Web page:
Someone at the Midsummer Gathering muttered ‘breeder’ as they passed my stand. Another ambled by and said ‘bratgetter’. I was sitting on a metal chair in front of my birth-themed paintings at the time; legs crossed, waiting, maybe I was playing with my hair a little.
I thought these were weird things to say. The women didn’t know me and if they thought my irreverent exploration of pregnancy and birth meant I was all about babies then they were not only presumptuous, but ignorant as well. I decided it was better to blank them.
To be honest, actual babies didn’t interest me. Even as a babysitter I found them boring. I didn’t like holding them, so heavy and dense. The erratic, clumsy movements. The dazed, vacant looks. You never really knew what they were thinking. Or what they might do next.
Just to be clear, my teenage diagnosis of MRKH was not an influence. Even though I would not in a million years be able to give birth, this had no bearing on my feelings. There was no animosity, no emotion attached. Simply, they were not for me. But I liked the thought of painting unexpected narratives about them. Of making them into something more than just babies.
I had been asked to exhibit at this gathering by a friend. Someone on the committee who liked my work and thought, due to the subject matter and tone, the people attending would too. At that time the general mood in the community was more militant than broody and this was fine with me. I had always been a little on the belligerent side myself; hating authority and any mention of ‘following the rules’. Here, women were exerting their rights and voicing opinions and no one I knew had the slightest interest in finding the right sperm to complete them.
The diagnosis came about because at sixteen I still hadn’t gotten my period so was carted off to the doctor to find out why. “Womanhood. So overrated,” I remembered thinking. During the examination the room filled with silent concern. The doctor’s large glasses magnified his blue eyes into a stare, making the situation seem a lot more ominous. When he finished the exam I sat up. In almost a whisper, as if he was trying to soften the blow he said, ‘this isn’t normal’, to which I thought, what is ‘normal’. They scheduled me for a procedure but that didn’t work. Turns out I was missing a bit of plumbing, including a uterus. I was told flatly, clinically, ‘any children you may want in the future will have to be through adoption’.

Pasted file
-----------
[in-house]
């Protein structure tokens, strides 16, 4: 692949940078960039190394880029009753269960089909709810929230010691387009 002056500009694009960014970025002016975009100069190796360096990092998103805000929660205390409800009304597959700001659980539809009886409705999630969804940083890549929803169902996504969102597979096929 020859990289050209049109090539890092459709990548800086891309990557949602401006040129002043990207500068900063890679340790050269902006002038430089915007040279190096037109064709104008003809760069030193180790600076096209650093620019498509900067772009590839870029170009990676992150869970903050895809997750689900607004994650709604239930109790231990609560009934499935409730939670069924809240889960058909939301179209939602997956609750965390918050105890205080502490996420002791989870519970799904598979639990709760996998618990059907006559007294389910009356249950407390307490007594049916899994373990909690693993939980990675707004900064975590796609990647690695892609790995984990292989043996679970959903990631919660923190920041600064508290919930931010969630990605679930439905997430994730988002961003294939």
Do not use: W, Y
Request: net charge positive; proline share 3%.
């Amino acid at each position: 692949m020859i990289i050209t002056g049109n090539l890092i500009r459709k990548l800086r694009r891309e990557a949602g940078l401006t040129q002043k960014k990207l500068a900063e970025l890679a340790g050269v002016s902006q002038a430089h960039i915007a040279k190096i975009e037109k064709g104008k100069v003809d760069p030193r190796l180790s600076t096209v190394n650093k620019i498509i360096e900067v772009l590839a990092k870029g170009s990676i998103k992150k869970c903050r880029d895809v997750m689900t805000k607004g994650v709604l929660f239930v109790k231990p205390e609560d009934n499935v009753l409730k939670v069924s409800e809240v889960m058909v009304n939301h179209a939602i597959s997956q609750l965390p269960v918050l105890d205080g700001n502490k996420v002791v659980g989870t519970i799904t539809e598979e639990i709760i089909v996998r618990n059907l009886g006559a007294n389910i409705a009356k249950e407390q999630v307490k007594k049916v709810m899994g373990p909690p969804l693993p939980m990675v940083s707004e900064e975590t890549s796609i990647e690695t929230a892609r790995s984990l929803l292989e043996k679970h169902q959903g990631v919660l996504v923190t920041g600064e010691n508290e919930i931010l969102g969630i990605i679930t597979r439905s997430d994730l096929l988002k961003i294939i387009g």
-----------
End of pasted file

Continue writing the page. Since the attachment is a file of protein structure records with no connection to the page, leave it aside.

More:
I sat in the backseat of the car on the way home. I watched the trees turn into a mesmerizing green blur, the houses sped past, the other cars flashed hot and bright in the summer sun, wondering why all of this would matter to someone my age anyway. I didn’t give it another thought until I was told by the doctor a few weeks later I would require surgery.
The Gathering took place in late June each year and was held in an unused theater. It was part social event, part community meeting. A way to get like-minded people together for support and culture. I was asked to hang my work in the second floor gallery. There was a view of the main function room downstairs from up there and I could see other artists setting up, the caterer was dressing a long trestle table in white, the organizers scurried around with clipboards holding coffee in paper cups. I was hoping it would be a good day.
Some people had said my paintings were odd and desolate but everyone knows that art is subjective and in the past, plenty of people bought my work. Just because the colors were sombre, the shadowed images featuring babies in unusual guises doing unusual things certainly did not mean they were odd. Moody was the way I liked to describe them. Moody with a hint of sarcasm.